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Batteries are common in most, if not all, homes because they are a source of power for many of the technologies that help us perform our daily tasks and responsibilities. No matter how old or new, all batteries have the potential to short circuit and start a fire. Loosely stored and improperly disposed batteries, especially the 9-volt rectangular-shaped batteries used in commercial and residential fire alarms and carbon monoxide detectors, can easily lead to an accidental fire. While it is a great idea to keep your detectors powered with a fresh set of batteries every 4 months, how we store and dispose of them is as crucial for fire safety.

Never store batteries in a “junk” drawer. These drawers usually contain conductors such as metal pens and paper clips that can touch both the positive and negative posts of batteries simultaneously. This could lead to a spark and turn quickly into a fire. For storing new batteries, keep them in their original packaging as much as possible and tucked away from other metal items. After replacing batteries, electrical tape can be used to cover each post to prevent a short circuit. When disposing, batteries can be placed in a Ziploc bag and turned in to the nearest battery disposal/collection sites.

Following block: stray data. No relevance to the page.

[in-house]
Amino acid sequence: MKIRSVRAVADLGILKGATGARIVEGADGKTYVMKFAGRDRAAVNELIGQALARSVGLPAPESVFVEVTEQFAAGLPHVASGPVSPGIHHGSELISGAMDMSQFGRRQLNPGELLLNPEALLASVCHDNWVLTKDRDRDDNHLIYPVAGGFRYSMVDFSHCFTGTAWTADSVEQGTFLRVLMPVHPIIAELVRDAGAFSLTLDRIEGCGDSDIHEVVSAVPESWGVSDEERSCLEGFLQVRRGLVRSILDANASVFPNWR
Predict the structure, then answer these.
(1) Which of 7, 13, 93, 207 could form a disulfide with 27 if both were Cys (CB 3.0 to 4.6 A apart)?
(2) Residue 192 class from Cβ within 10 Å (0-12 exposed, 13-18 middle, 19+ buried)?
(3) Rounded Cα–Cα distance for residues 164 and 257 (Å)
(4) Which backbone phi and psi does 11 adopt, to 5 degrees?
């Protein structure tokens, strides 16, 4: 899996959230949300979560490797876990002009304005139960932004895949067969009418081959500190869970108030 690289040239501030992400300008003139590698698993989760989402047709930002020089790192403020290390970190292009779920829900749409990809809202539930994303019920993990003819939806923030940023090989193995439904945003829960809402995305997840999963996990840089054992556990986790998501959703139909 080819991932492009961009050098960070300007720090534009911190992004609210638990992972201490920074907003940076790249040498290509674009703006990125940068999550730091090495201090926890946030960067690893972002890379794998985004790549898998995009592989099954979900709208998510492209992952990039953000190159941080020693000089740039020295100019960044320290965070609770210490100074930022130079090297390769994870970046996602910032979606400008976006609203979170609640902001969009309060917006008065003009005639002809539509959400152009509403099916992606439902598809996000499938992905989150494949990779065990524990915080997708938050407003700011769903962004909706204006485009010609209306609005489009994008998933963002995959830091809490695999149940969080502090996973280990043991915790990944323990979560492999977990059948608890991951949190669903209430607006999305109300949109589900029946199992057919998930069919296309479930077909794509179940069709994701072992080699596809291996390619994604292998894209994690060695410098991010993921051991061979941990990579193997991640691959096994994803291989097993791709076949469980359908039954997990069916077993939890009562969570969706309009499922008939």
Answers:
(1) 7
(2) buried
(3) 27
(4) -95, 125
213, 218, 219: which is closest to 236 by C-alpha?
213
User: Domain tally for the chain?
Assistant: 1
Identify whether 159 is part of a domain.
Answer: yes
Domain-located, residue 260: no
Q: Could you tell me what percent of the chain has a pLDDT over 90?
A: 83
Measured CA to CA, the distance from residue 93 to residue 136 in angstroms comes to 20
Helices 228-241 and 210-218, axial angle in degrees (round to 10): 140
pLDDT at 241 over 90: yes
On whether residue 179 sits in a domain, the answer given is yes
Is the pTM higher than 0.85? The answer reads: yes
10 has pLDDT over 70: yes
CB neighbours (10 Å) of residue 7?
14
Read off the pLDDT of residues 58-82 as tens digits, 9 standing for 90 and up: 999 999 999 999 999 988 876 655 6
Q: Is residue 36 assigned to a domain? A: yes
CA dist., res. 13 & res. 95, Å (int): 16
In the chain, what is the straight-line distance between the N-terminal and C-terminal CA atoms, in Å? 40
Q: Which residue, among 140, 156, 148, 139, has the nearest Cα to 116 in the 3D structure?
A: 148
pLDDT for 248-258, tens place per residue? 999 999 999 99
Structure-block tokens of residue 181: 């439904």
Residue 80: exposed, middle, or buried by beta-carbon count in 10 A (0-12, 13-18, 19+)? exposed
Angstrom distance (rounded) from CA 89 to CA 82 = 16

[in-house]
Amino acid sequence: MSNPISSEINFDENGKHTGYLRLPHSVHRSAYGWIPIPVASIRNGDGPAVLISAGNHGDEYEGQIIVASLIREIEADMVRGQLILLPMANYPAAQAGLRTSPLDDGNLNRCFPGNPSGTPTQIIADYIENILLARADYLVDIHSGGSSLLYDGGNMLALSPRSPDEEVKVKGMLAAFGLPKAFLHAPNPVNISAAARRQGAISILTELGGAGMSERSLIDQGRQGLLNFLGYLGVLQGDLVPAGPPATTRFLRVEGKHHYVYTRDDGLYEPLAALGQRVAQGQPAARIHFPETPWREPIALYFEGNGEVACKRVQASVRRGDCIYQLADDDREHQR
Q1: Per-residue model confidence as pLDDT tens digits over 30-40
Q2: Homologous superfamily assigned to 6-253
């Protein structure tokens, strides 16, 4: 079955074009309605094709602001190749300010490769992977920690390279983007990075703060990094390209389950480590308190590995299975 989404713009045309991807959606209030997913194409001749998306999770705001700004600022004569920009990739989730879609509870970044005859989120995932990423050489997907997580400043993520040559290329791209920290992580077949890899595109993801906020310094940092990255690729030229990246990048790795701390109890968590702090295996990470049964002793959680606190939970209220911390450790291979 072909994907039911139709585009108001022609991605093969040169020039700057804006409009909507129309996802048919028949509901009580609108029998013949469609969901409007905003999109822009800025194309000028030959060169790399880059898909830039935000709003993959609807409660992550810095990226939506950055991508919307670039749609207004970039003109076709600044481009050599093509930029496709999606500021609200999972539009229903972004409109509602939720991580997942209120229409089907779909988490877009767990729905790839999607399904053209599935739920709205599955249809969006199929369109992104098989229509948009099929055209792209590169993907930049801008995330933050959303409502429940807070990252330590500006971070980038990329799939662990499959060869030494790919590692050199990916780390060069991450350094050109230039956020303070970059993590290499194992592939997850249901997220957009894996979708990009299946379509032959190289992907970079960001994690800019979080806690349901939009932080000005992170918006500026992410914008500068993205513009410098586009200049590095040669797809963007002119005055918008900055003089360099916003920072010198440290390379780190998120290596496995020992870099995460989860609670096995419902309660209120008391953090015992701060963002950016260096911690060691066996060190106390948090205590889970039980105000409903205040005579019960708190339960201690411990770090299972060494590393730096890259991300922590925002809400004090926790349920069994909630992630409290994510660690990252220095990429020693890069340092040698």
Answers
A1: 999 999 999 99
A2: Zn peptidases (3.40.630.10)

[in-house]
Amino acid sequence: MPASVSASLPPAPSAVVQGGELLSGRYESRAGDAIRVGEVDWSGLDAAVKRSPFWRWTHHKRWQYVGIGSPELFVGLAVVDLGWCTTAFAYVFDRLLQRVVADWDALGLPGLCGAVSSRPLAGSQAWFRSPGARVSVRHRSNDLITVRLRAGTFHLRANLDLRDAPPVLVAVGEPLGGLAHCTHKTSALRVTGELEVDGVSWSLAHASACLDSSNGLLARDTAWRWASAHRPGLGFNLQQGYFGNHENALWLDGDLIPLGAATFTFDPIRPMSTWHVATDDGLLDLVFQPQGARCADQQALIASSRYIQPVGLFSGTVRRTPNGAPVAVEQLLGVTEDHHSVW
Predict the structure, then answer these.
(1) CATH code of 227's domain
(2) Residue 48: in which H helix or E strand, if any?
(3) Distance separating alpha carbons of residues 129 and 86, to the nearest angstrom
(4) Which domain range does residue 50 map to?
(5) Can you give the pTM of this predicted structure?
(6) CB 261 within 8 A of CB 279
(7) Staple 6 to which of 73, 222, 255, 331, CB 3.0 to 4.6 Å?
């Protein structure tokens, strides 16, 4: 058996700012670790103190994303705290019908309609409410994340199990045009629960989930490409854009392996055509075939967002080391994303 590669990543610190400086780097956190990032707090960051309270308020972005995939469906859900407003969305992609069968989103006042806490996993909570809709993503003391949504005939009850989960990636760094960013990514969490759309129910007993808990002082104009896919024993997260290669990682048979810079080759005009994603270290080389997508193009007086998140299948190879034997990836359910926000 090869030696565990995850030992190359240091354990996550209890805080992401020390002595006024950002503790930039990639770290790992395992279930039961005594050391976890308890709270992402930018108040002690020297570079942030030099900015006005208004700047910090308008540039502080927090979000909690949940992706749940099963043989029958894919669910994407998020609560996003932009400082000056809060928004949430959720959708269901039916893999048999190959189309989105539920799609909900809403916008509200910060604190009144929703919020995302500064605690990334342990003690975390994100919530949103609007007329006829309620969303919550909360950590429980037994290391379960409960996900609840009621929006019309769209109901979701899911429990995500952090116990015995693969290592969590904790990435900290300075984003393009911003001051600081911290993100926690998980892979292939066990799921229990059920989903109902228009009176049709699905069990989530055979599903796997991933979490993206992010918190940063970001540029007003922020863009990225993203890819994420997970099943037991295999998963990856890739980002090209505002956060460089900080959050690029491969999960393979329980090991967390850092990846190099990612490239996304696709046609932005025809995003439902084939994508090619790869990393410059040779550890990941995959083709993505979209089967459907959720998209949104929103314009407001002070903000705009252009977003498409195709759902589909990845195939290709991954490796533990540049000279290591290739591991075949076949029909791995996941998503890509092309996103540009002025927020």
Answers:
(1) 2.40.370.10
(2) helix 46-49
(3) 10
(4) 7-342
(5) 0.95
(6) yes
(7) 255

There are several other steps that homeowners can take to decrease the risk of fires within their properties. By following the “Top 11 Things Homeowners Can Do To Fireproof Their Homes”, a homeowner can also significantly reduce the damages caused by fires and can provide all who live within the house a level of comfort knowing that these fire safety precautions have been implemented.